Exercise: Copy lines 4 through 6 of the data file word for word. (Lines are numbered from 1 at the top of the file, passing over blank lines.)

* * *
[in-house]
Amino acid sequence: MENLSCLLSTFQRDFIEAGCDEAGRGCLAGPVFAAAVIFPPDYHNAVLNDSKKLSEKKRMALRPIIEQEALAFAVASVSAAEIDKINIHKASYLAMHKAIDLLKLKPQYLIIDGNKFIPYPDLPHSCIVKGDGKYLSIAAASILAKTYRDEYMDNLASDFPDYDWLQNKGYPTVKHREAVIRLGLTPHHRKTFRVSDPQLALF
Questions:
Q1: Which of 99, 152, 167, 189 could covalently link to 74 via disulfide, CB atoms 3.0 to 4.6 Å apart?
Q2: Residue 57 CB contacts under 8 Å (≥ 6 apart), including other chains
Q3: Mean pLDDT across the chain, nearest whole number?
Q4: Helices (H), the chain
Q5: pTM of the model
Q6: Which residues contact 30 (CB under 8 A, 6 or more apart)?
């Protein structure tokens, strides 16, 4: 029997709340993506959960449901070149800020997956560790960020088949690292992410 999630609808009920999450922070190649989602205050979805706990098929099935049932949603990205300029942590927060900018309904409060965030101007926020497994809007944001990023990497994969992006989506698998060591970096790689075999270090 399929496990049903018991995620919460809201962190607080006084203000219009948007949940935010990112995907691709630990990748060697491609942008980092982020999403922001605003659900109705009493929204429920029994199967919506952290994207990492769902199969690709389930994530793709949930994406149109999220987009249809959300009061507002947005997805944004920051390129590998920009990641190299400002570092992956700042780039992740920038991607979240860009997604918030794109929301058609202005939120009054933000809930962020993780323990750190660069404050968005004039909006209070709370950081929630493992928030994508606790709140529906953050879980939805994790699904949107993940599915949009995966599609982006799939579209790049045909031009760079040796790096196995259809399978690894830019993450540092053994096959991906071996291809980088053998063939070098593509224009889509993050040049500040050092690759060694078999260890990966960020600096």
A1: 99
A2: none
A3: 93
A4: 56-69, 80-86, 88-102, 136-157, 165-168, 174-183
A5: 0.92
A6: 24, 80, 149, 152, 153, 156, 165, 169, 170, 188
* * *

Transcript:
Q1: Which of 99, 152, 167, 189 could covalently link to 74 via disulfide, CB atoms 3.0 to 4.6 Å apart?
Q2: Residue 57 CB contacts under 8 Å (≥ 6 apart), including other chains
Q3: Mean pLDDT across the chain, nearest whole number?